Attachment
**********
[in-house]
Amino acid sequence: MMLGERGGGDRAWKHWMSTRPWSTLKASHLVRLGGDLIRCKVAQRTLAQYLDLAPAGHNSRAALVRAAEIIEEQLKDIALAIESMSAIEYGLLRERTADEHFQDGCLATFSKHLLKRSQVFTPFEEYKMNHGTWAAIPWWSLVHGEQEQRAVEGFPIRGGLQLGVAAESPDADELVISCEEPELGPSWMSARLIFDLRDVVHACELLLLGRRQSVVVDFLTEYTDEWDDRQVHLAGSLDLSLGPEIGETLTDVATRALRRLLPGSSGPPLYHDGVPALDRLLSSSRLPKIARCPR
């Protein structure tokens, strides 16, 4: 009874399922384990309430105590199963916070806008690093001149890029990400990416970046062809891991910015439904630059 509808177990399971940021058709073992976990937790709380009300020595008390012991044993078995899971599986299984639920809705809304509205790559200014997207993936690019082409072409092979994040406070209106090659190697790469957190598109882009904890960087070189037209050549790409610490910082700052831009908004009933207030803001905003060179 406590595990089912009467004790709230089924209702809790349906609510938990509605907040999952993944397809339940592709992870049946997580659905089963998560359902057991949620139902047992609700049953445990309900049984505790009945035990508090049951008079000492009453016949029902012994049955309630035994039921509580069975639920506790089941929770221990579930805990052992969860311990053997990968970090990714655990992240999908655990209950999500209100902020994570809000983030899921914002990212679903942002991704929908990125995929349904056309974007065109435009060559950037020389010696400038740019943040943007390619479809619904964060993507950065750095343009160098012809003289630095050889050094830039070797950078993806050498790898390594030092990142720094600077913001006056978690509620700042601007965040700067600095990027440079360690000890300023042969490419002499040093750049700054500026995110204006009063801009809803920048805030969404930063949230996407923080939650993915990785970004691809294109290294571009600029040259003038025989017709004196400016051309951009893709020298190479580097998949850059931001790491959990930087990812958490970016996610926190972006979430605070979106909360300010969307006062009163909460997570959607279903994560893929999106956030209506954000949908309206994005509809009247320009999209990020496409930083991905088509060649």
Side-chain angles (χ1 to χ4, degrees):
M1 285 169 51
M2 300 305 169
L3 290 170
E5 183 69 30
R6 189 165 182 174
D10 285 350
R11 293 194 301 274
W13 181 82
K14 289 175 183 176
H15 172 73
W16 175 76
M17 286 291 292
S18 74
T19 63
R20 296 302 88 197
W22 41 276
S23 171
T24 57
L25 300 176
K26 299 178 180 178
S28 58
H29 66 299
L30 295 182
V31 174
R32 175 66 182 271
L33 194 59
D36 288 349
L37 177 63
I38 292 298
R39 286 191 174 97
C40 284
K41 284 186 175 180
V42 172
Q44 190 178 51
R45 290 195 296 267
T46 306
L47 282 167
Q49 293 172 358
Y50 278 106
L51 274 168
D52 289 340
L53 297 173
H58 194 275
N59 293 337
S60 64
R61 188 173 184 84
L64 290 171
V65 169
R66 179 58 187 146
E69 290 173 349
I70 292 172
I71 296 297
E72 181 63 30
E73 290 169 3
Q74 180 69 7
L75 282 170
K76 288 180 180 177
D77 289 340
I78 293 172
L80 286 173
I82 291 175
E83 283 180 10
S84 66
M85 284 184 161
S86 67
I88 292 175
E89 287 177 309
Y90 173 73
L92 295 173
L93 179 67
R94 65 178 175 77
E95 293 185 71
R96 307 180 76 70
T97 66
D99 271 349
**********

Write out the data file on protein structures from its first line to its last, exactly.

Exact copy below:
[in-house]
Amino acid sequence: MMLGERGGGDRAWKHWMSTRPWSTLKASHLVRLGGDLIRCKVAQRTLAQYLDLAPAGHNSRAALVRAAEIIEEQLKDIALAIESMSAIEYGLLRERTADEHFQDGCLATFSKHLLKRSQVFTPFEEYKMNHGTWAAIPWWSLVHGEQEQRAVEGFPIRGGLQLGVAAESPDADELVISCEEPELGPSWMSARLIFDLRDVVHACELLLLGRRQSVVVDFLTEYTDEWDDRQVHLAGSLDLSLGPEIGETLTDVATRALRRLLPGSSGPPLYHDGVPALDRLLSSSRLPKIARCPR
């Protein structure tokens, strides 16, 4: 009874399922384990309430105590199963916070806008690093001149890029990400990416970046062809891991910015439904630059 509808177990399971940021058709073992976990937790709380009300020595008390012991044993078995899971599986299984639920809705809304509205790559200014997207993936690019082409072409092979994040406070209106090659190697790469957190598109882009904890960087070189037209050549790409610490910082700052831009908004009933207030803001905003060179 406590595990089912009467004790709230089924209702809790349906609510938990509605907040999952993944397809339940592709992870049946997580659905089963998560359902057991949620139902047992609700049953445990309900049984505790009945035990508090049951008079000492009453016949029902012994049955309630035994039921509580069975639920506790089941929770221990579930805990052992969860311990053997990968970090990714655990992240999908655990209950999500209100902020994570809000983030899921914002990212679903942002991704929908990125995929349904056309974007065109435009060559950037020389010696400038740019943040943007390619479809619904964060993507950065750095343009160098012809003289630095050889050094830039070797950078993806050498790898390594030092990142720094600077913001006056978690509620700042601007965040700067600095990027440079360690000890300023042969490419002499040093750049700054500026995110204006009063801009809803920048805030969404930063949230996407923080939650993915990785970004691809294109290294571009600029040259003038025989017709004196400016051309951009893709020298190479580097998949850059931001790491959990930087990812958490970016996610926190972006979430605070979106909360300010969307006062009163909460997570959607279903994560893929999106956030209506954000949908309206994005509809009247320009999209990020496409930083991905088509060649």
Side-chain angles (χ1 to χ4, degrees):
M1 285 169 51
M2 300 305 169
L3 290 170
E5 183 69 30
R6 189 165 182 174
D10 285 350
R11 293 194 301 274
W13 181 82
K14 289 175 183 176
H15 172 73
W16 175 76
M17 286 291 292
S18 74
T19 63
R20 296 302 88 197
W22 41 276
S23 171
T24 57
L25 300 176
K26 299 178 180 178
S28 58
H29 66 299
L30 295 182
V31 174
R32 175 66 182 271
L33 194 59
D36 288 349
L37 177 63
I38 292 298
R39 286 191 174 97
C40 284
K41 284 186 175 180
V42 172
Q44 190 178 51
R45 290 195 296 267
T46 306
L47 282 167
Q49 293 172 358
Y50 278 106
L51 274 168
D52 289 340
L53 297 173
H58 194 275
N59 293 337
S60 64
R61 188 173 184 84
L64 290 171
V65 169
R66 179 58 187 146
E69 290 173 349
I70 292 172
I71 296 297
E72 181 63 30
E73 290 169 3
Q74 180 69 7
L75 282 170
K76 288 180 180 177
D77 289 340
I78 293 172
L80 286 173
I82 291 175
E83 283 180 10
S84 66
M85 284 184 161
S86 67
I88 292 175
E89 287 177 309
Y90 173 73
L92 295 173
L93 179 67
R94 65 178 175 77
E95 293 185 71
R96 307 180 76 70
T97 66
D99 271 349